Banking, Money and Taxes in Mexico

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Banking in MexicoBanking in Mexico is fairly easy and straightforward for expats, as there are many modern financial institutions throughout the country. Nevertheless, large stacks of paperwork often need to be completed to satisfy the ever-thickening Mexican bureaucracy.

While being able to speak Spanish will make things considerably easier, even expats who aren't fluent should find it is possible to effectively manage their finances in Mexico. 
 

Money in Mexico

 
The official currency in Mexico is the Mexican Peso (MXN), referred to simply as the peso, which is divided into 100 centavos.
 
  • Notes: MXN 20, 50, 100, 200, 500 and 1,000
  • Coins: MXN 1, 2, 5, 10, 20, 50 and 5, 10, 20 and 50 centavos
 

Banking in Mexico

 
Expats have a variety of options when it comes to banking in Mexico, with both local and international banks to choose from. The largest banks in Mexico are BBVA Bancomer, Banamex and Banco Azteca. Some international banks, such as HSBC, have branches in Mexico and are popular with expats, but do not necessarily provide better service than Mexican banks.
 

Opening a bank account

Expats must open a bank account at a local branch office and are unable to prearrange accounts from abroad. To initially open the account, expats need to present their visa, identification and proof of a Mexican address, along with an initial deposit. Additionally, banks may require that expats provide two references from referees who can vouch for them financially.
 
Expat citizens of the US or Canada can open an account using US dollars. Other nationalities cannot, although overseas accounts can be accessed via Mexican ATMs.
 
Those needing an account for daily transactions will want a chequing account that uses only pesos, as levies from ATM withdrawal fees can add up if used frequently over an extended period of time.
 
Many bank tellers in Mexico can speak English, but expats should nevertheless make sure to have any Spanish paperwork translated.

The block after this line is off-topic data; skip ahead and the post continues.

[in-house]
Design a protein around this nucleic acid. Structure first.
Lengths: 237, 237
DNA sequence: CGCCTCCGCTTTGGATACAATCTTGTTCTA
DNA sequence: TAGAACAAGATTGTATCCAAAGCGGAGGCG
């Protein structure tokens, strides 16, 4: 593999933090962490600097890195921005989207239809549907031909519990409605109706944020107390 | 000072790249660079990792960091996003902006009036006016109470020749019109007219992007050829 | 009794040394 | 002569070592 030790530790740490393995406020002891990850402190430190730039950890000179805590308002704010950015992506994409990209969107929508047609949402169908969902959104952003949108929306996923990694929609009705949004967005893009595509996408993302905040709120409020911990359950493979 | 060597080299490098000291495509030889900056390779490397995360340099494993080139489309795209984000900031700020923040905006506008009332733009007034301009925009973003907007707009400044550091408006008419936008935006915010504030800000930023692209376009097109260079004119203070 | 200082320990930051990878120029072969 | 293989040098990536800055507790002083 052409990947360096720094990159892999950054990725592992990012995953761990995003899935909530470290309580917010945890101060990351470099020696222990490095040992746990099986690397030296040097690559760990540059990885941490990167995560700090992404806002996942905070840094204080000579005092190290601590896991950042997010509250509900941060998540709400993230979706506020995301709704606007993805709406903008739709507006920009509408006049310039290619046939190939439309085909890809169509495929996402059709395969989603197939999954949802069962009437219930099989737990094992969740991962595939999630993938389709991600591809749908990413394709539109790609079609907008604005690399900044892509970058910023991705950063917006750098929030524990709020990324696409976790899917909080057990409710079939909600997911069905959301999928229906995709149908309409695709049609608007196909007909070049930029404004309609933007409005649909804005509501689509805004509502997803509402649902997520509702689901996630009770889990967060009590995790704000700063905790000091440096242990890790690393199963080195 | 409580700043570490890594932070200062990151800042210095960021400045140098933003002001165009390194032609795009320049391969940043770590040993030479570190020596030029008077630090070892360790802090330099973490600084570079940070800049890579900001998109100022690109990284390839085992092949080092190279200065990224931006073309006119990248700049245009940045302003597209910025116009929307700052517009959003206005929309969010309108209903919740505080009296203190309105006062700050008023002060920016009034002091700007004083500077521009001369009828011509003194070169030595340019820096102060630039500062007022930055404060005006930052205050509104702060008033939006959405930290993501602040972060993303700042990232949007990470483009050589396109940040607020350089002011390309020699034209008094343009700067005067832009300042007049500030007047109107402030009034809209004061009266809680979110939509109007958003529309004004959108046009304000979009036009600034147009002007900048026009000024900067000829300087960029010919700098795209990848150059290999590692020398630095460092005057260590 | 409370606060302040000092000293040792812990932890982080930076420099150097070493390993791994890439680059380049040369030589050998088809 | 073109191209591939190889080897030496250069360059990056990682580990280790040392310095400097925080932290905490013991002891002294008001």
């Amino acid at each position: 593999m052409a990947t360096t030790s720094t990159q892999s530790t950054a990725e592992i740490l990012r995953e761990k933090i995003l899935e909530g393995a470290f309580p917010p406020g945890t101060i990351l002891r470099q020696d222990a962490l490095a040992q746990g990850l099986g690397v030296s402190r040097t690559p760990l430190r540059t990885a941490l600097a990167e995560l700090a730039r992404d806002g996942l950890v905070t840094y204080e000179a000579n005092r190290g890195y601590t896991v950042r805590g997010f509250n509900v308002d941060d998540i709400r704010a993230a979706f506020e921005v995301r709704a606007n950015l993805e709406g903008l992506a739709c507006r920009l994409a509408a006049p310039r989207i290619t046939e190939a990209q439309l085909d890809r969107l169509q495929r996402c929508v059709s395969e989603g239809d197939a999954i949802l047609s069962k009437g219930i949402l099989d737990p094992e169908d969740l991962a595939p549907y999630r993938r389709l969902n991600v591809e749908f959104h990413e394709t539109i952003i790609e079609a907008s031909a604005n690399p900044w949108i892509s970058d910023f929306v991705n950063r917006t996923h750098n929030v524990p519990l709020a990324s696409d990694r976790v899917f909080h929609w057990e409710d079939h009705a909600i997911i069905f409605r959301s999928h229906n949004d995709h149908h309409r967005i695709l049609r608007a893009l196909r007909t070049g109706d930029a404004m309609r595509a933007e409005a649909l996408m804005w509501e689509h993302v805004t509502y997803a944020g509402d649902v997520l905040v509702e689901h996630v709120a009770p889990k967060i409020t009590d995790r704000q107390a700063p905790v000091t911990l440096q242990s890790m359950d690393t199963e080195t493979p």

Internet banking

Expats should also take advantage of Internet banking when possible, which is offered by most major banks, to save time queuing in long bank lines.
 
However, most bills need to be paid in cash and cheques are often not accepted.

ATMs

There is a universal ATM network spread out across Mexico and expats will rarely have to search far to find one, but expats should be mindful of ATM fraud and robbery in the large cities.
 

Credit cards

All major international credit cards are accepted at large stores in Mexico. Small grocery stores (tiendas) usually only accept cash. 
 
Interest on Mexican credit cards tends to be very high (around 30 or 40 percent). To apply for a Mexican credit card, expats will need to have already set up a Mexican bank account. They will also need to provide proof of a good credit history. If this is not possible, then a deposit can be paid to secure credit card payments.
 

Taxes in Mexico

 
Taxes for expats in Mexico depend largely on whether they qualify as residents or non-residents. Residents are taxed on their worldwide income, whereas non-residents are only taxed on income earned in Mexico. 
 
For tax purposes, expats are considered residents if they have their primary home in Mexico. This does not exclude expats from filing taxes in their home countries, although many countries (including the US and Canada) have tax agreements that protect expats from paying income tax in both countries.
 
Expatriate taxes, including tax rules for retired expats and home owners, can be confusing, and expats are advised to hire professional help from experienced expat tax advisers.

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